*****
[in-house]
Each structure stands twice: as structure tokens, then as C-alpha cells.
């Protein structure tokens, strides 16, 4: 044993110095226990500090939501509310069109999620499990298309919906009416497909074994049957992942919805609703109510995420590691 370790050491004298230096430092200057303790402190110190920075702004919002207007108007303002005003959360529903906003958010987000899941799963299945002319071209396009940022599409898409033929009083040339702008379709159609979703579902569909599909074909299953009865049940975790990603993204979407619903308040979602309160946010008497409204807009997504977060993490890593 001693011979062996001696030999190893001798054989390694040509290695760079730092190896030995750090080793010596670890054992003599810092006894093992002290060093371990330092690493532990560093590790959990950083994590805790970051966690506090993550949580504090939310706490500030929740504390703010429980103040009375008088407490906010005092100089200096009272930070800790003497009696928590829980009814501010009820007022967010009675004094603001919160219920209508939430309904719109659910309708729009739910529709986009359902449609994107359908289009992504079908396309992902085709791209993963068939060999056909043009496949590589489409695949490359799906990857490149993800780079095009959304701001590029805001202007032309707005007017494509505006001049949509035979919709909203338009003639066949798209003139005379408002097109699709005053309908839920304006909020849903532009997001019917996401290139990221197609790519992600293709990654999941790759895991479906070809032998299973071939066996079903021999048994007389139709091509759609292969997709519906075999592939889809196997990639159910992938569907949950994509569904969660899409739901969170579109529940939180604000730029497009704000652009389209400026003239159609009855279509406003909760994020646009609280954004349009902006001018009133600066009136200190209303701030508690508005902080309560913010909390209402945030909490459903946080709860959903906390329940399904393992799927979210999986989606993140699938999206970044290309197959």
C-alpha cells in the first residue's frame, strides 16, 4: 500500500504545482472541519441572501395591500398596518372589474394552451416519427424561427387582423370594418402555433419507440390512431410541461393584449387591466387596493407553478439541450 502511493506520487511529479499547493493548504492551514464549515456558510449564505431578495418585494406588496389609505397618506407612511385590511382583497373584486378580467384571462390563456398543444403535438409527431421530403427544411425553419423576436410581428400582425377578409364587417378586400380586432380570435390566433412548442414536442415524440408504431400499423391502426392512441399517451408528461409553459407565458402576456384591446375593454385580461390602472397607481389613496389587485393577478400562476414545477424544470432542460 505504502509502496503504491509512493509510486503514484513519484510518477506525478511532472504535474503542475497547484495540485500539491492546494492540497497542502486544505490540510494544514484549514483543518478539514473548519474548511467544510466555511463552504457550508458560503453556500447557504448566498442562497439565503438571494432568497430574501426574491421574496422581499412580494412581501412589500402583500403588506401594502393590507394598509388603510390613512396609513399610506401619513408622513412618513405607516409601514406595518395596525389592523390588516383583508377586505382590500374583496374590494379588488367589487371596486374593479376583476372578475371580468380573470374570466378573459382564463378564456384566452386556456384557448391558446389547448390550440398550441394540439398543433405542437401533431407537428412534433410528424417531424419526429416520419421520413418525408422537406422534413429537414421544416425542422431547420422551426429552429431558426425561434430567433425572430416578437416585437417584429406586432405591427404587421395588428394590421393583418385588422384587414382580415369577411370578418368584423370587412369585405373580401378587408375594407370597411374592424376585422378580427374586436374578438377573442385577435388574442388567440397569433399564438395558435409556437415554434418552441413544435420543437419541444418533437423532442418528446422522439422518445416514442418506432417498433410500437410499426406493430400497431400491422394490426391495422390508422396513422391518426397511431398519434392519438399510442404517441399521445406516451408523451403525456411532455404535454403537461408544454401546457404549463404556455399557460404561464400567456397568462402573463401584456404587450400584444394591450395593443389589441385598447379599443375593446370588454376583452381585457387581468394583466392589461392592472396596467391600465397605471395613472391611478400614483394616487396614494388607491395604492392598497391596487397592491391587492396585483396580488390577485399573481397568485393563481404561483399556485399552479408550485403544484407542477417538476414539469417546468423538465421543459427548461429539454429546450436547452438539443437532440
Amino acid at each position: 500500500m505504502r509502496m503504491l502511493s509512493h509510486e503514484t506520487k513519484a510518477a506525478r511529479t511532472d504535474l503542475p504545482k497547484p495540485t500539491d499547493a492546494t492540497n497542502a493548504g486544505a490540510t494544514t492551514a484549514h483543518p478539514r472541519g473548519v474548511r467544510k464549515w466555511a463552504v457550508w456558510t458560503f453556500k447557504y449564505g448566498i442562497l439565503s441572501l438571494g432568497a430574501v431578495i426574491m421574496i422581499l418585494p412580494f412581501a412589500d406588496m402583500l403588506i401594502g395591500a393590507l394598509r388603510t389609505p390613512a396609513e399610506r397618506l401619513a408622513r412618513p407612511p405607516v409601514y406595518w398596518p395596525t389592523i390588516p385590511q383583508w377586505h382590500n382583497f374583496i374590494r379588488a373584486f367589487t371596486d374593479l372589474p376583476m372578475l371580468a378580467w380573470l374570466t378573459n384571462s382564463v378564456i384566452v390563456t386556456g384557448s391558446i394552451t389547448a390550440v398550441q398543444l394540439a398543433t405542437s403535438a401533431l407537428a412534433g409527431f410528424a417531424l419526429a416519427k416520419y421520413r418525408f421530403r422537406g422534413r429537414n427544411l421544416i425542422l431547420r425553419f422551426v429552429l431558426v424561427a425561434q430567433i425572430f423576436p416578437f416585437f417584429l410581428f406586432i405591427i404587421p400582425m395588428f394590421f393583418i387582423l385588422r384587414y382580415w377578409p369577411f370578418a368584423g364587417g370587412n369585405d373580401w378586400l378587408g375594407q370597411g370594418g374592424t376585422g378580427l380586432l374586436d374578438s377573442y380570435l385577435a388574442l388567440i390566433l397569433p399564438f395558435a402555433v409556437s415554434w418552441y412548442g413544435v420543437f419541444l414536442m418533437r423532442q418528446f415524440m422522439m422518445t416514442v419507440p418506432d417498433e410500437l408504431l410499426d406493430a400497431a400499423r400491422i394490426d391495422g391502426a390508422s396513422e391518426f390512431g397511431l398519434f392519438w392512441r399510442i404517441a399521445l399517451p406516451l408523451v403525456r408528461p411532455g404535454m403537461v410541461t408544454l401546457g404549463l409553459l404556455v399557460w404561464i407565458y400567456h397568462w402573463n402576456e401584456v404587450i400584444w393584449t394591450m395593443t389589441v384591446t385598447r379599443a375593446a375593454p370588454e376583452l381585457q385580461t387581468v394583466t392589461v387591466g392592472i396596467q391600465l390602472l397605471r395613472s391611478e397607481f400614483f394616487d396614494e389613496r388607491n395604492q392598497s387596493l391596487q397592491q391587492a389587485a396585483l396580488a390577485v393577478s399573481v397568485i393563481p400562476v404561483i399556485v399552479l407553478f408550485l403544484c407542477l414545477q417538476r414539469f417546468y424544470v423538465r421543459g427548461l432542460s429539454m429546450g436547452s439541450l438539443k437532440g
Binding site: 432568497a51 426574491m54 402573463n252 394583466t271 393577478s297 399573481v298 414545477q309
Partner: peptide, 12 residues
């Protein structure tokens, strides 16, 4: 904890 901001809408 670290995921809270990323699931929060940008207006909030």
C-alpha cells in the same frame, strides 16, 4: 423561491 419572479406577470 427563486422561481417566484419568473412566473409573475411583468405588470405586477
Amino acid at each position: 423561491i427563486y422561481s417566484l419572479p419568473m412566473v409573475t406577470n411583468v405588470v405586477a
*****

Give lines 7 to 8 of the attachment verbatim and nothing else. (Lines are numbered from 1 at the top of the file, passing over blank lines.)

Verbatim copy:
Partner: peptide, 12 residues
């Protein structure tokens, strides 16, 4: 904890 901001809408 670290995921809270990323699931929060940008207006909030």